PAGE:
How a 2-year-old VICE News records request fueled the Clinton email scandal
It started out innocently enough.
On Nov. 4, 2014, exactly two years ago, I submitted a Freedom of Information Act request to the U.S. State Department seeking all of Hillary Clinton’s emails during her four-year stint as secretary of state. As I explained to my editor, I filed the FOIA request because it was clear that Clinton would mount a campaign to run for president, and I felt the best way to inform the public what a Clinton presidency would look like was by revealing inside information about how she performed as secretary of state.
At the time, I had no idea Clinton exclusively used a private, unsecured email server located in her Chappaqua, New York, home to conduct official business while she served as the nation’s top diplomat — that revelation wouldn’t come to light for another four months. So I had no idea my request would end up fueling a scandal that has relentlessly dogged the Clinton campaign for more than a year and a half.
State Department FOIA analysts responded to my request twice, first on Nov. 20, 2014, and then on Jan. 8, 2015. They informed me that it was “too broad,” “unmanageable,” and would take “years to complete.” They asked that I narrow my request and limit it to “a single subject of interest and a time frame appropriately narrowed to that subject.”
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When it became clear that there was no way in hell the State Department would give me Clinton’s emails without a fight, I sued the department in U.S. District Court in Washington, D.C. The complaint, written by my attorney, Ryan James, neatly summed up my motivation.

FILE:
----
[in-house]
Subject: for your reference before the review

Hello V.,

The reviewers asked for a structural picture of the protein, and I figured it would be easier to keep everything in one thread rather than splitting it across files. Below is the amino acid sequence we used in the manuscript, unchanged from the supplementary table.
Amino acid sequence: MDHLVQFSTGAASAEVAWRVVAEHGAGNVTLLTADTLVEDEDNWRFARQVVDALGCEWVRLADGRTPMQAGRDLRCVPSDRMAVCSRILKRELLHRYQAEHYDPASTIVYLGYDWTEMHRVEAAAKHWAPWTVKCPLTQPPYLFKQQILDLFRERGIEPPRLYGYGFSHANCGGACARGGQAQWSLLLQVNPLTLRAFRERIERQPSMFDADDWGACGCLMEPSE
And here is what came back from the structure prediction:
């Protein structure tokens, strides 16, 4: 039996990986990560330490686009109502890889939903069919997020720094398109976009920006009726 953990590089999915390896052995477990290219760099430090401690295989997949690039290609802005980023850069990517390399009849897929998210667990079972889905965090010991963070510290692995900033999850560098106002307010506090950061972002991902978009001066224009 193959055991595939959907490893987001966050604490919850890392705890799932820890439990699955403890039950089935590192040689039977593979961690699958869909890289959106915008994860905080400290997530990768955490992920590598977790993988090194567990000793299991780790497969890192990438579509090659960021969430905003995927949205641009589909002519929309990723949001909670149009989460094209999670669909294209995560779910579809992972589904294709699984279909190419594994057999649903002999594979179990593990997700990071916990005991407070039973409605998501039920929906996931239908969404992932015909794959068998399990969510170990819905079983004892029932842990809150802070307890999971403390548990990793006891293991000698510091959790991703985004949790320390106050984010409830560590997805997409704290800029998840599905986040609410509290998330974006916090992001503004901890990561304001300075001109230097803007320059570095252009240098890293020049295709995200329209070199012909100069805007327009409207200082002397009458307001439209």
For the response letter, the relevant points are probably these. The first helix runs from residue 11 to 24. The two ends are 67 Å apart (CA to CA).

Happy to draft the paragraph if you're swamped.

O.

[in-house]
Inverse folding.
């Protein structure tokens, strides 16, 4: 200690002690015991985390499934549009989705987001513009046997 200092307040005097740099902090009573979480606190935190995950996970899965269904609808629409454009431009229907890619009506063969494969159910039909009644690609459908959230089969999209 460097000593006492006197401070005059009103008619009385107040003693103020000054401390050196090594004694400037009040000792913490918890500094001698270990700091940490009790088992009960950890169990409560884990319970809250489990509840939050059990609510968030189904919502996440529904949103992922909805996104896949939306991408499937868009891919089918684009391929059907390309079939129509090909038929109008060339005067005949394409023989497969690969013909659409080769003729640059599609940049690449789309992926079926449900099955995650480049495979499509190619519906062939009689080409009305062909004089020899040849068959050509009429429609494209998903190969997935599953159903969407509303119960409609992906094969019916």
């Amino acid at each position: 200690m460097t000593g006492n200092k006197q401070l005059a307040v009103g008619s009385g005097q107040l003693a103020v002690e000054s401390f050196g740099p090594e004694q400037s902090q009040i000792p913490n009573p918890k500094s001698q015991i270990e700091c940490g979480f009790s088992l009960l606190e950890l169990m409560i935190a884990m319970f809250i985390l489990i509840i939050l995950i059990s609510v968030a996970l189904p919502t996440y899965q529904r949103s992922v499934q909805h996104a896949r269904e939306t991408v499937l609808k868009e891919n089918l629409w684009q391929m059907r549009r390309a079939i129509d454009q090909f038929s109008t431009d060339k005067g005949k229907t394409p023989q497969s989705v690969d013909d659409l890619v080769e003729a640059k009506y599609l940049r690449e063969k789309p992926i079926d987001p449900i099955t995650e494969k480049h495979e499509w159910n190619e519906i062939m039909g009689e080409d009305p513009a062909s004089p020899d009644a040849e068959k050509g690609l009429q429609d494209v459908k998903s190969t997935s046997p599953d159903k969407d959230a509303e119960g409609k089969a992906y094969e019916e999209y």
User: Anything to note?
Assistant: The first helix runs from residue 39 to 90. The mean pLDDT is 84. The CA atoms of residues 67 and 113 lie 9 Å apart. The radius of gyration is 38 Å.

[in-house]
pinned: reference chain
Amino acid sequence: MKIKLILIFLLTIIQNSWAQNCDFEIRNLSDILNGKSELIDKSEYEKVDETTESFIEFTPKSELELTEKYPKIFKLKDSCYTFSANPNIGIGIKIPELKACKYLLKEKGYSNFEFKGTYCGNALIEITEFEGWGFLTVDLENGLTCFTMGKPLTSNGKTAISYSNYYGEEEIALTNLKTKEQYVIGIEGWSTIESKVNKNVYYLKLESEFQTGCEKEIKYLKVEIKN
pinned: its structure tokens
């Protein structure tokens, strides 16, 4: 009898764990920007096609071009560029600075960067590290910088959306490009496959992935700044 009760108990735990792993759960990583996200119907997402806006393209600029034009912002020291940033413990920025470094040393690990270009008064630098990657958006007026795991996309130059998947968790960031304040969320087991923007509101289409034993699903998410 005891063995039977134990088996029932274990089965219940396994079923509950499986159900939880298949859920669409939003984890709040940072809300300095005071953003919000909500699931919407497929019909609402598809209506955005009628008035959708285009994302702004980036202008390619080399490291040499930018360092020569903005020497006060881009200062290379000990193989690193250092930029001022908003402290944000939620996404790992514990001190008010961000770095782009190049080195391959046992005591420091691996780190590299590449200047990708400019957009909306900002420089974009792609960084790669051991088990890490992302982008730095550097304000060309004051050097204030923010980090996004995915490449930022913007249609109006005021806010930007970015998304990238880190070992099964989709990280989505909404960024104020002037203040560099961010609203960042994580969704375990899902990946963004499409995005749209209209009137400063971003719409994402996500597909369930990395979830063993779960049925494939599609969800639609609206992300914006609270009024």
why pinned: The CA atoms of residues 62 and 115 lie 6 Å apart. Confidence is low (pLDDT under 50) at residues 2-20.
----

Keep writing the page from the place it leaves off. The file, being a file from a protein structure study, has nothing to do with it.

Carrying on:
“How a cabinet Secretary performs his or her functions is always a matter of public interest,” James wrote. “This is particularly true in the case of Secretary Clinton due to the widespread speculation that she will run for President of the United States in 2016. Accordingly, how Secretary Clinton managed personnel, conducted foreign policy, prioritized goals, and negotiated competing interests both domestically and abroad during her tenure at the helm of the State Department is of great interest to the American public.”
About five weeks later, on March 2, 2015, the government responded to my FOIA lawsuit, though that response only amounted to an acknowledgement that it had received my original FOIA request. James said the next step would be to negotiate a timeline for a rolling release of the emails. I was glad things were progressing, even at the glacial pace of the U.S. government.
That night, I was driving along Santa Monica Blvd. in West Hollywood on my way to the Whisky a Go Go to see Barb Wire Dolls, a punk band from Greece, when I checked my phone while stopped at a red light (honest). On it, I saw a breaking news alert from the New York Times.